Summertime and some thoughts

Well, now that the cargo bike is off to bosun's house and has been riding around town, i took a little time to ride bikes instead of build them. work at the shop is pretty busy, as per usual this time of year, and it has been nice to explore my surroundings a little further afield. in addition to riding bikes and working on bikes, i have been doing a lot of reading on the internet about and amongst frame building people. although i hesitate (as will become clear) to jump into conversations being held by veterans with hundreds and hundreds of frames under their belts, i did have some things to say. frame builders are a famously grouchy lot. gruff, reticent, hermit like, etc. lots of dudes (mostly dudes, white, sadly) who spend a lot of time in garages or garage-like spaces performing amazing feats of creativity, engineering, production, and design. the internet conversations of these people is fascinating and rich in helpful material for newbies like myself. however, it is not very welcoming at all to the newbies in several ways.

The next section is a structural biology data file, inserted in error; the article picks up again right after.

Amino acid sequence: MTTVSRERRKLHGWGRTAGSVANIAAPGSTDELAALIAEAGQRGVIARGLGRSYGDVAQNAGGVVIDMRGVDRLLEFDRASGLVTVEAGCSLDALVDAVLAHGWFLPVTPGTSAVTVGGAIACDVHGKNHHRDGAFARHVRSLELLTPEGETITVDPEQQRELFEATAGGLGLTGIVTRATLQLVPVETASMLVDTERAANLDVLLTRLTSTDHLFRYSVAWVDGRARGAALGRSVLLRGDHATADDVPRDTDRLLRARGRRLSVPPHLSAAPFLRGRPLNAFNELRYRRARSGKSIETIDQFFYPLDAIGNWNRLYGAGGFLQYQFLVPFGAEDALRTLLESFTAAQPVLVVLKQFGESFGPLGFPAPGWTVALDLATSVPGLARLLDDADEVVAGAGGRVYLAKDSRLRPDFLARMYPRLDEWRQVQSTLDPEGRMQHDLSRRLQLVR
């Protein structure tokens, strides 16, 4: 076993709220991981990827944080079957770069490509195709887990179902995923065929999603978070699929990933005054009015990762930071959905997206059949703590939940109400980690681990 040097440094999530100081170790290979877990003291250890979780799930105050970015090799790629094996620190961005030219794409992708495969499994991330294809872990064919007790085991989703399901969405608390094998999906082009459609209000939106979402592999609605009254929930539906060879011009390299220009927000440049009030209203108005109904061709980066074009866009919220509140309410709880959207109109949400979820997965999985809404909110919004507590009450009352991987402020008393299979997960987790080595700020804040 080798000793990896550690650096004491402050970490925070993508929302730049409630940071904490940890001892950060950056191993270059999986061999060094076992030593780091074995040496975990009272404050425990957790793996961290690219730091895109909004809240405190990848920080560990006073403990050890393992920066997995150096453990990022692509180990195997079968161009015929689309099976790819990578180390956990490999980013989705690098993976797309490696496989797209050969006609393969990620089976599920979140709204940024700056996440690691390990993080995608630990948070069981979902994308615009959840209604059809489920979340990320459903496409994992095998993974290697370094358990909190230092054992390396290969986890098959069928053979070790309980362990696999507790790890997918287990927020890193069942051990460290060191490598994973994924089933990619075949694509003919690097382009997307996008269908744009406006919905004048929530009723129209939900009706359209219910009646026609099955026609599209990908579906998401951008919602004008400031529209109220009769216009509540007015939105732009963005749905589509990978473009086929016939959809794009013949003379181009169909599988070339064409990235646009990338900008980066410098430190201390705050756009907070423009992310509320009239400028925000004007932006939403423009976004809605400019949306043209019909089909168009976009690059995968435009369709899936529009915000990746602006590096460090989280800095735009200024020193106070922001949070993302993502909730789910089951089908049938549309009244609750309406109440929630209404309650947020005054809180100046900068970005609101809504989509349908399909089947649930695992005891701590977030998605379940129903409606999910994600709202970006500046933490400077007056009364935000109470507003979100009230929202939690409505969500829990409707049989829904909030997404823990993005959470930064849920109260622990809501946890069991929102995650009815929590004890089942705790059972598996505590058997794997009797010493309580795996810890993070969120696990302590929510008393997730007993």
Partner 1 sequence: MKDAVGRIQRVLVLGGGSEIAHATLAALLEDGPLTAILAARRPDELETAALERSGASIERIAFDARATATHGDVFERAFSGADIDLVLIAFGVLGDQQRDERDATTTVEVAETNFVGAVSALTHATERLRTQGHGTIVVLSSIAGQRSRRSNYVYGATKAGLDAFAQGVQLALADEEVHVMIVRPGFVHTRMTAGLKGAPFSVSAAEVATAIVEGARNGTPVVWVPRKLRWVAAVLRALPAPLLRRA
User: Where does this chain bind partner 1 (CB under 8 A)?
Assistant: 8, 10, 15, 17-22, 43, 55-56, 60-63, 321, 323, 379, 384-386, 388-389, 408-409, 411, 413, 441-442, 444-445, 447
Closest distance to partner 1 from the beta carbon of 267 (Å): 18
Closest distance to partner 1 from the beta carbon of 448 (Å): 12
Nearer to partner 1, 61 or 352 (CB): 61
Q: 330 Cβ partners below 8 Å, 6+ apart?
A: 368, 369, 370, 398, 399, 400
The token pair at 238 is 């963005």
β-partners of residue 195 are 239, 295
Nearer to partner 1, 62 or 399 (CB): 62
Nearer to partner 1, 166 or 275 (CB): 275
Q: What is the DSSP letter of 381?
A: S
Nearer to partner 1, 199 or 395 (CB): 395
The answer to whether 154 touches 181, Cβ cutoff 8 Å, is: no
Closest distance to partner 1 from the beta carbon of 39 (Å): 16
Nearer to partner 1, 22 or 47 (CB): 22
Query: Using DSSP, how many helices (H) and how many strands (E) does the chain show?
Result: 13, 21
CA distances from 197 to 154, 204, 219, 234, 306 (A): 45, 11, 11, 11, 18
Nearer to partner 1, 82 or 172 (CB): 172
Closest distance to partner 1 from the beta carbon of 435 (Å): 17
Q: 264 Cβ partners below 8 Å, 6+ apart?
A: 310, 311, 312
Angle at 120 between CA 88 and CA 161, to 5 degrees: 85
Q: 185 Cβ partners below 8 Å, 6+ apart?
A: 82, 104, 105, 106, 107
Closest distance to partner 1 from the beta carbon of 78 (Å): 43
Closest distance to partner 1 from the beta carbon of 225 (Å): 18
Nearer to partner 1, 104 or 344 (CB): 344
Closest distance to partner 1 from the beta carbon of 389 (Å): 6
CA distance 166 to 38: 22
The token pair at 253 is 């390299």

first, you have to kiss the ring of whomever you want to acknowledge as your personal frame building idol. there are a couple of choices as far as that goes. next, you must not cross one of many very thin lines in the sand. your ideas, however good you think they are, probably aren't that great. while often this is true of relatively inexperienced people, i would like to see more of an "innocent until proven guilty" approach to amateurs. god forbid we do something differently from the past generation, use machines or techniques that haven't been applied to bike frames before. the thing that rubs me, with which i have a serious love/hate relationship, is the extreme conservative, even reactionary, nature to the creative critique in the industry. i love to see bad ideas crushed, but i hate that all new ideas are approached as bad. there are some people who don't hold to this model, and they often produce the work that is the furthest ahead of the industry.